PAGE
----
June 6, 2012
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Oops! Teaches me to post on short sleep…but I still stand by everything else.
June 5, 2012
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I cannot imagine any top player passing this hand. In general, it is GOOD to open the bidding when you have more high card strength, more spades, more distribution, and more skill than your opponents.

1) High card strength: You just have 10 HCP, but they are two kings and an ace. For suit play, the Work HCP count grossly undervalues aces and overrates queens and jacks. The hand is worth at least 11 unless you play in notrump and your hand is not likely to do so. Don't be a point counter – you have above-average high card strength. Also, unless you play a light opening bid system and your opponents do not, your side rates to have more high-card strength than the enemy. Your RHO did not open in 3rd seat, so his range is effectively lower than the other two seats.

2) Spades: You have 4 spades. That means you have a comfortable rebid (1 if it's constructive, or 2 over a double). And if any side has a spade fit, it's almost certainly your side. This means the opponents have to bid a level higher to take the contract from you, and you're less likely to have to overbid the opponents at a higher level. (It's possible if they have hearts and we have diamonds.)

3) Distribution: You have 6-4 shape, and a void to boot. This means if you find a fit, you are playing with a 30-point deck, so game, or even slam is possible (as Danny Miles's hand shows). Given that you have 6-4 with 3 passes to you, the chances of a fit are far higher - the other hands will tend to be more balanced (no preempt).

4) When you are the better pair, open as many hands as you can. If you pass it out, the only skill that is being tested is your fourth-hand judgement. But if you open, even if it's slightly negative expectation in theory, in practice you have so many opportunities to gain later, it's not funny. If you bid better, declare better, and defend better, then create opportunities for you to do so!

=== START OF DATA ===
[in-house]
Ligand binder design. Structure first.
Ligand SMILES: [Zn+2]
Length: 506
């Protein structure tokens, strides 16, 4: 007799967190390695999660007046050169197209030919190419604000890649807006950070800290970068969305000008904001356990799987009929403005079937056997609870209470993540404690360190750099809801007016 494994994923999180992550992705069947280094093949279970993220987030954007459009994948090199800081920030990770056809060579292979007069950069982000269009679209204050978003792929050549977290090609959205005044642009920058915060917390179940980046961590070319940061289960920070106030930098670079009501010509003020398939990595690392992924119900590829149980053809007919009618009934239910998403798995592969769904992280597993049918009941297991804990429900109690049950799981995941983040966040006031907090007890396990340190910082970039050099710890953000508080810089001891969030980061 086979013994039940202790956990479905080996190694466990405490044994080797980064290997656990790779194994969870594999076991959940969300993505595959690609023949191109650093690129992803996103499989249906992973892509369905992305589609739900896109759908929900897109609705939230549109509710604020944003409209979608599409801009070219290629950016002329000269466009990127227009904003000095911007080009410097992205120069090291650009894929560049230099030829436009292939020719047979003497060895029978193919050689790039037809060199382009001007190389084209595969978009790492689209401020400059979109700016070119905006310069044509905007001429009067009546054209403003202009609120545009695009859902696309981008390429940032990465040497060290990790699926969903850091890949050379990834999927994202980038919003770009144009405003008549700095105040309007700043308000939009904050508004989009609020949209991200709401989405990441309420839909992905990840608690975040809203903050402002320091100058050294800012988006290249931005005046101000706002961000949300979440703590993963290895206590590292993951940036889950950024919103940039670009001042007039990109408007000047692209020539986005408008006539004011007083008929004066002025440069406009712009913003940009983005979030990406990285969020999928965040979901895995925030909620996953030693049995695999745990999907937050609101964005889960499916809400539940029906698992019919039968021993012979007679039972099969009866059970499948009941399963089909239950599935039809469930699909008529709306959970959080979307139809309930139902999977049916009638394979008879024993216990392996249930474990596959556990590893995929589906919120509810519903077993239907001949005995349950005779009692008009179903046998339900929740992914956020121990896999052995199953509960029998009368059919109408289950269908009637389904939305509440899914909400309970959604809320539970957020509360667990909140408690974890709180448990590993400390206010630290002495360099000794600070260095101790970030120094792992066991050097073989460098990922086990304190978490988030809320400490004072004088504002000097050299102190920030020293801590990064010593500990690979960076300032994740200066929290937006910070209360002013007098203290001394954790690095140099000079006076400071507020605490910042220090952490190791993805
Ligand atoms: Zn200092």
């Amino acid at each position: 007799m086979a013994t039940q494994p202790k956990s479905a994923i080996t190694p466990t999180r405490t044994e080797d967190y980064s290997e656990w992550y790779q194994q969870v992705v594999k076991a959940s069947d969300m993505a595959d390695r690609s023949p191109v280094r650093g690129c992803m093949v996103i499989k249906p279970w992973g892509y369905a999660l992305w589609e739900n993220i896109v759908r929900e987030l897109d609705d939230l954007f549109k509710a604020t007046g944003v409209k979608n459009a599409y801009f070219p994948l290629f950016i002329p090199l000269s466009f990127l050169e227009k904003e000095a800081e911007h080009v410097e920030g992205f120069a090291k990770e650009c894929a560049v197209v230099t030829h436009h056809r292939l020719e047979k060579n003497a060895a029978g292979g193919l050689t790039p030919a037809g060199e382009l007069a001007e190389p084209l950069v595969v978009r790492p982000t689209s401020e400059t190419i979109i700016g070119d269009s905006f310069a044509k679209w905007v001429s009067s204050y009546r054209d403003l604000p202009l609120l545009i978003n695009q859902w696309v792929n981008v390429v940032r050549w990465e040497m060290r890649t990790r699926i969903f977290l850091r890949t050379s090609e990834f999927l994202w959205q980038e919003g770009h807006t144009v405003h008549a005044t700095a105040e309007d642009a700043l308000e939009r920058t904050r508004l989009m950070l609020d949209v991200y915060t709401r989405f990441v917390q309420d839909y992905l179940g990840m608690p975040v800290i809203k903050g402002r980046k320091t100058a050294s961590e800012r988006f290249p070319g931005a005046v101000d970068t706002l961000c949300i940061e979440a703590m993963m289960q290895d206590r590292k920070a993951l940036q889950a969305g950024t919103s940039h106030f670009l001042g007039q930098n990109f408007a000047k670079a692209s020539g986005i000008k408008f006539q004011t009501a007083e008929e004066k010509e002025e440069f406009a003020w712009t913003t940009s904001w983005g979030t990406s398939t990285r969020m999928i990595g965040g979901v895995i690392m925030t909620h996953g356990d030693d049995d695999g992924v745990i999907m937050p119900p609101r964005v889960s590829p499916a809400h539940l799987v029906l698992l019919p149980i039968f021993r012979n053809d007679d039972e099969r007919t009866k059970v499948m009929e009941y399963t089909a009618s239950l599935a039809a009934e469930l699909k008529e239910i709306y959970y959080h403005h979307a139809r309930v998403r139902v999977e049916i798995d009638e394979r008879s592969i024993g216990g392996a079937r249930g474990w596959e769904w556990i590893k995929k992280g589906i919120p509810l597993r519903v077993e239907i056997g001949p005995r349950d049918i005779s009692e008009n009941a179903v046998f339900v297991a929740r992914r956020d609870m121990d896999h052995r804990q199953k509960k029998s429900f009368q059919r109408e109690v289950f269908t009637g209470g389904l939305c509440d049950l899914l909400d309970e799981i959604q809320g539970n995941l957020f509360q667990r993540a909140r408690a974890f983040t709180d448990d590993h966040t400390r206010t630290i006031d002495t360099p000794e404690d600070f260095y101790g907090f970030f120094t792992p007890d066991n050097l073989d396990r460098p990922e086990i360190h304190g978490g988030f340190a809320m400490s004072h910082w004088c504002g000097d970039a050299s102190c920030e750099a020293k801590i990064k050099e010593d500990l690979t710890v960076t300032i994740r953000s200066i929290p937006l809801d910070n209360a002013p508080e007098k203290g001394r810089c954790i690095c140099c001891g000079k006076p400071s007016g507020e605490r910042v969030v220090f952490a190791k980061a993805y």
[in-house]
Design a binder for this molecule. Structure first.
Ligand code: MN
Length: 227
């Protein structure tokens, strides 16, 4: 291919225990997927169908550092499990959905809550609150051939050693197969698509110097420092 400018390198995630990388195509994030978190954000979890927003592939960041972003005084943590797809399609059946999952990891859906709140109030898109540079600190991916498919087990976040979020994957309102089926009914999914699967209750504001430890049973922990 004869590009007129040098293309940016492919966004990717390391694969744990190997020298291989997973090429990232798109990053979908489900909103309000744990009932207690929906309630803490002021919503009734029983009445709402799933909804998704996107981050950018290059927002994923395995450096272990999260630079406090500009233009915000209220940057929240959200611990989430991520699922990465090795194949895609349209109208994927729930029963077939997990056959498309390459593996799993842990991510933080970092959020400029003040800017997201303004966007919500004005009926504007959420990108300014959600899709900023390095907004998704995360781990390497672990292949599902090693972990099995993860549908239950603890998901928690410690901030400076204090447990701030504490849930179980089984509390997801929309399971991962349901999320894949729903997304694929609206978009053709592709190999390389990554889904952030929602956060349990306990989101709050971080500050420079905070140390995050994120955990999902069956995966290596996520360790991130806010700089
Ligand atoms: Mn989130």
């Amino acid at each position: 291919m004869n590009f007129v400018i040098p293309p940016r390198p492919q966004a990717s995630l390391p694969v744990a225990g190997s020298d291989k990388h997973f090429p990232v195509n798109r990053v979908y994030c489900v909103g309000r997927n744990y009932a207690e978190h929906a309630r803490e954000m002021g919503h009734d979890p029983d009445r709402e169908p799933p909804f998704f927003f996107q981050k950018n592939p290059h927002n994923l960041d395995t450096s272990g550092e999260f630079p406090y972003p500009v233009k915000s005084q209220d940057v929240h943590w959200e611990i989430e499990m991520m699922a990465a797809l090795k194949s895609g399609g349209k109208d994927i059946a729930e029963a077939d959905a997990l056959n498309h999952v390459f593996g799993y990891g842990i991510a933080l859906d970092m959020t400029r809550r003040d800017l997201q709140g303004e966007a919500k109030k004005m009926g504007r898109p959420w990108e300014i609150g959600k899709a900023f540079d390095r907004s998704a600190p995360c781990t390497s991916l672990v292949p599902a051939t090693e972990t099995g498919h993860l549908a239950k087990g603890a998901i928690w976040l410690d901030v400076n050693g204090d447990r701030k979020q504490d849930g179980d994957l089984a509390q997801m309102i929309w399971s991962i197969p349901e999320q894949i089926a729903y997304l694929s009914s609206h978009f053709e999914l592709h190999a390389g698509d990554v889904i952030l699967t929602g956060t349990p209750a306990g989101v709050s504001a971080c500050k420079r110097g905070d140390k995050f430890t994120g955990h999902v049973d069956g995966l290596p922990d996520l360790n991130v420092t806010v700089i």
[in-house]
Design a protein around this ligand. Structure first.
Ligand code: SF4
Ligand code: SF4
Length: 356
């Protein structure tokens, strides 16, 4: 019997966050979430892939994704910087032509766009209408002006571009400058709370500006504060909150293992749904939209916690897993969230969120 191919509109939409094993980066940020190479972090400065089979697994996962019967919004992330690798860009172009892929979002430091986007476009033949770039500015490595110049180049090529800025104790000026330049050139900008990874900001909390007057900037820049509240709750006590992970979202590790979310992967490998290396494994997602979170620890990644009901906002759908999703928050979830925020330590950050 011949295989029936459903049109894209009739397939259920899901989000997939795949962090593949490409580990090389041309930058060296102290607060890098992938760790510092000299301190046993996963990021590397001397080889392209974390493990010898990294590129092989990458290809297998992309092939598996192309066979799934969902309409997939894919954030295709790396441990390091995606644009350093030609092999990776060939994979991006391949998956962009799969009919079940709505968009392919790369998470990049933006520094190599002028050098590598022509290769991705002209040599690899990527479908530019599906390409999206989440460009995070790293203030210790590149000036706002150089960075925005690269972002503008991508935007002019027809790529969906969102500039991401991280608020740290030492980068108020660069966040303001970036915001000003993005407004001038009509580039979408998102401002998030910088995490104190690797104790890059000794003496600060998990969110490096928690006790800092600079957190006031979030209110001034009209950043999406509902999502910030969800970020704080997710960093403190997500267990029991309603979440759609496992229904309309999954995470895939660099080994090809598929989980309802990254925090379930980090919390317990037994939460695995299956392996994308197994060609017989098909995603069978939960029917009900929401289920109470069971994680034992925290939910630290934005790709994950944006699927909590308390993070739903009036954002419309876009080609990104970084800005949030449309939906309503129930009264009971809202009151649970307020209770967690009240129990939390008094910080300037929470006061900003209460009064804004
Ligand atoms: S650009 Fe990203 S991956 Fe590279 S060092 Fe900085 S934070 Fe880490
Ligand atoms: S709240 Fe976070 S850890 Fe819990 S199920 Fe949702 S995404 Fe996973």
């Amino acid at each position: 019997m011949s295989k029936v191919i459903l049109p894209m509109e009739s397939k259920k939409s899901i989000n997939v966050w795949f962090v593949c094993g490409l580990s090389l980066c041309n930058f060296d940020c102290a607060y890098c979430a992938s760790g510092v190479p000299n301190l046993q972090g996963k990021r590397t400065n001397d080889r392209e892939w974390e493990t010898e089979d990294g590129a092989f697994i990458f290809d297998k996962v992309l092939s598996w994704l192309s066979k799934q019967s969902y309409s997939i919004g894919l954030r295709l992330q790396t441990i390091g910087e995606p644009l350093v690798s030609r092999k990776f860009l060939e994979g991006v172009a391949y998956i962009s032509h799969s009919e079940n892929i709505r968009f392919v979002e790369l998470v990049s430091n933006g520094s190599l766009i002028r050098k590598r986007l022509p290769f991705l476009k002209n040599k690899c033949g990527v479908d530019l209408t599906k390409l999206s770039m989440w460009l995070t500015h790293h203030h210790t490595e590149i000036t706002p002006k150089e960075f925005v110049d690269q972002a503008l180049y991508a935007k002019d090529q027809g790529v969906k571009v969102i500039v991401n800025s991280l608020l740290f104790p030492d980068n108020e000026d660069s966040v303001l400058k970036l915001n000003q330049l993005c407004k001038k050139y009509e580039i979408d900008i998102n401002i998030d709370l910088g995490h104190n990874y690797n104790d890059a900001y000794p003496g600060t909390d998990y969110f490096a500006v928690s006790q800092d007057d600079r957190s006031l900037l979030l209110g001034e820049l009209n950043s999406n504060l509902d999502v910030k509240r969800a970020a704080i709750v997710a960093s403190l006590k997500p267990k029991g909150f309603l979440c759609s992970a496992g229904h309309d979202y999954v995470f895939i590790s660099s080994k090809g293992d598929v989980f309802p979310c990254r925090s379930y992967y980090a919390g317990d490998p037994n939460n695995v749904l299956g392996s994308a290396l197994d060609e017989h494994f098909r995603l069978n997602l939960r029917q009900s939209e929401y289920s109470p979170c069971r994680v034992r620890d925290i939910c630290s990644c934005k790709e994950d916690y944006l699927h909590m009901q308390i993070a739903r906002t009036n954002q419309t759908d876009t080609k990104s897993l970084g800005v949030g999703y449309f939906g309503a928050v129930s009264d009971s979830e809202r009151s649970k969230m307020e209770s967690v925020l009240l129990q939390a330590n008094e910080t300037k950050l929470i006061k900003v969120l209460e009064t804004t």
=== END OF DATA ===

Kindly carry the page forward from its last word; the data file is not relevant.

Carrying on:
June 5, 2012
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Agree with Danny. Also, I do believe LC the Elder at one point in time (40s? 50s?) would certainly write up 1-3 as forcing – only when 1-3 limit was achieving critical mass would he switch. As one of the few people to have actually played LC Standard in practice, I can attest that every non-optional convention/treatment Larry mentions is something that I see a significant percentage of people playing.

Anyway Henry, I personally like a lot of the ideas you suggested after a strong 2, but IMO they're not really appropriate for a documentation of what intermediates might consider “standard”. Kokish, a non-LC Standard convention, appears to be used more frequently than any treatments suggested in this thread and even that has pitfalls. Just yesterday, a new partnership I knew agreed to play Kokish with a 2 bust but then got confused as to whether 2 2 2NT was game-forcing or not. They lost a board in the process.
May 30, 2012
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Arik, that is a beautiful end position, thanks for mentioning it.

You are right, if East held AQ109(x) and not the A, even going up with the K would work. But this presumes a practical impossibility. My expert RHO would never pass with 3-card support, 7 HCP, and a spade singleton (x 10xx AQ109 J9xxx). Nor would he pass 1 with x 10x AQ109x J9xxx (he'd overcall in diamonds).

True, no opponent is ever required to do something, but then why trust RHO's 10 signal as well? I personally believe the 10, but under your exacting theoretical standard, you can't arbitrarily believe in one highly unusual action and ignore the possibility of another highly unusual action .

Anyway, perhaps I should have worked out that it was theoretically correct to play low, but in practice, at the table, I have to make a simplifying assumption (RHO does not have a red ace from his failure to bid) or I'd be spending 15 minutes on every hand. Thanks very much for the comment, though!